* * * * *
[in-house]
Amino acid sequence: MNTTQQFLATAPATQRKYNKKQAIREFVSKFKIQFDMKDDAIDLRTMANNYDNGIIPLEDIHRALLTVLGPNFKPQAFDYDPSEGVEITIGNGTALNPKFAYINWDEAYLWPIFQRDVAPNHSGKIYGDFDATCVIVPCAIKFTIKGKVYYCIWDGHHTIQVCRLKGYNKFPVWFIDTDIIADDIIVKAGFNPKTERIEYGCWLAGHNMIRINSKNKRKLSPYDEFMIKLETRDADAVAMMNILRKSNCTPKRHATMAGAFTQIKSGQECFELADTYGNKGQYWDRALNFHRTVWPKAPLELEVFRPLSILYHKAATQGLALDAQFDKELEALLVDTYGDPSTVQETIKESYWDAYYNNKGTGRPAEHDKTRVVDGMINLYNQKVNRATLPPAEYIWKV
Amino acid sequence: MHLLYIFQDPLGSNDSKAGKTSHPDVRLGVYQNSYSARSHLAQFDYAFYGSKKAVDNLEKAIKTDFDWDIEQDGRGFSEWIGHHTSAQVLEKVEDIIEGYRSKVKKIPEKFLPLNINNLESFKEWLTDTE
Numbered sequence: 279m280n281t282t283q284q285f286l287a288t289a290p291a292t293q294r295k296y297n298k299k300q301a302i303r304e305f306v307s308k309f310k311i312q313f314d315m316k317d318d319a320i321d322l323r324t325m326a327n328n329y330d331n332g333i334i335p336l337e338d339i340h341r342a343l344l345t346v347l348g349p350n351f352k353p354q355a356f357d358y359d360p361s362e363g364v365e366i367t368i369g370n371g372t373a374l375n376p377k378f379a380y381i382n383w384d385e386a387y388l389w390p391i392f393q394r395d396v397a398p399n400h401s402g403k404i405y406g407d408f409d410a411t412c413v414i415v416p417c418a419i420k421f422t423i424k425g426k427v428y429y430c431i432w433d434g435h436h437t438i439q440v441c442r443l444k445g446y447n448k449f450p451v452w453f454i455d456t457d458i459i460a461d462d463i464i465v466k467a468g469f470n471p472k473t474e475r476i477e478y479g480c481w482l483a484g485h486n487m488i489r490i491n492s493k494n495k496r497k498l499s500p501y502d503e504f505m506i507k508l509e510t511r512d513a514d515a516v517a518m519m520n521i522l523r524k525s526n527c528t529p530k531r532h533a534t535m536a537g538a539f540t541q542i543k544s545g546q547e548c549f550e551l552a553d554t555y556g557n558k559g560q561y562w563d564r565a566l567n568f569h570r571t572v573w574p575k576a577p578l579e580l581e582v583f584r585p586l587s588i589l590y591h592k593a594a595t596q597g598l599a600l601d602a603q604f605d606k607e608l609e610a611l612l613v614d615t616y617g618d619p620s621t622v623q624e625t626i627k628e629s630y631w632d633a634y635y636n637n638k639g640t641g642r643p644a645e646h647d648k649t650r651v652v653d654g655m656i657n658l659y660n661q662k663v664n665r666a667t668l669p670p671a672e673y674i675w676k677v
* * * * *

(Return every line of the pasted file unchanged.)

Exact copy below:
[in-house]
Amino acid sequence: MNTTQQFLATAPATQRKYNKKQAIREFVSKFKIQFDMKDDAIDLRTMANNYDNGIIPLEDIHRALLTVLGPNFKPQAFDYDPSEGVEITIGNGTALNPKFAYINWDEAYLWPIFQRDVAPNHSGKIYGDFDATCVIVPCAIKFTIKGKVYYCIWDGHHTIQVCRLKGYNKFPVWFIDTDIIADDIIVKAGFNPKTERIEYGCWLAGHNMIRINSKNKRKLSPYDEFMIKLETRDADAVAMMNILRKSNCTPKRHATMAGAFTQIKSGQECFELADTYGNKGQYWDRALNFHRTVWPKAPLELEVFRPLSILYHKAATQGLALDAQFDKELEALLVDTYGDPSTVQETIKESYWDAYYNNKGTGRPAEHDKTRVVDGMINLYNQKVNRATLPPAEYIWKV
Amino acid sequence: MHLLYIFQDPLGSNDSKAGKTSHPDVRLGVYQNSYSARSHLAQFDYAFYGSKKAVDNLEKAIKTDFDWDIEQDGRGFSEWIGHHTSAQVLEKVEDIIEGYRSKVKKIPEKFLPLNINNLESFKEWLTDTE
Numbered sequence: 279m280n281t282t283q284q285f286l287a288t289a290p291a292t293q294r295k296y297n298k299k300q301a302i303r304e305f306v307s308k309f310k311i312q313f314d315m316k317d318d319a320i321d322l323r324t325m326a327n328n329y330d331n332g333i334i335p336l337e338d339i340h341r342a343l344l345t346v347l348g349p350n351f352k353p354q355a356f357d358y359d360p361s362e363g364v365e366i367t368i369g370n371g372t373a374l375n376p377k378f379a380y381i382n383w384d385e386a387y388l389w390p391i392f393q394r395d396v397a398p399n400h401s402g403k404i405y406g407d408f409d410a411t412c413v414i415v416p417c418a419i420k421f422t423i424k425g426k427v428y429y430c431i432w433d434g435h436h437t438i439q440v441c442r443l444k445g446y447n448k449f450p451v452w453f454i455d456t457d458i459i460a461d462d463i464i465v466k467a468g469f470n471p472k473t474e475r476i477e478y479g480c481w482l483a484g485h486n487m488i489r490i491n492s493k494n495k496r497k498l499s500p501y502d503e504f505m506i507k508l509e510t511r512d513a514d515a516v517a518m519m520n521i522l523r524k525s526n527c528t529p530k531r532h533a534t535m536a537g538a539f540t541q542i543k544s545g546q547e548c549f550e551l552a553d554t555y556g557n558k559g560q561y562w563d564r565a566l567n568f569h570r571t572v573w574p575k576a577p578l579e580l581e582v583f584r585p586l587s588i589l590y591h592k593a594a595t596q597g598l599a600l601d602a603q604f605d606k607e608l609e610a611l612l613v614d615t616y617g618d619p620s621t622v623q624e625t626i627k628e629s630y631w632d633a634y635y636n637n638k639g640t641g642r643p644a645e646h647d648k649t650r651v652v653d654g655m656i657n658l659y660n661q662k663v664n665r666a667t668l669p670p671a672e673y674i675w676k677v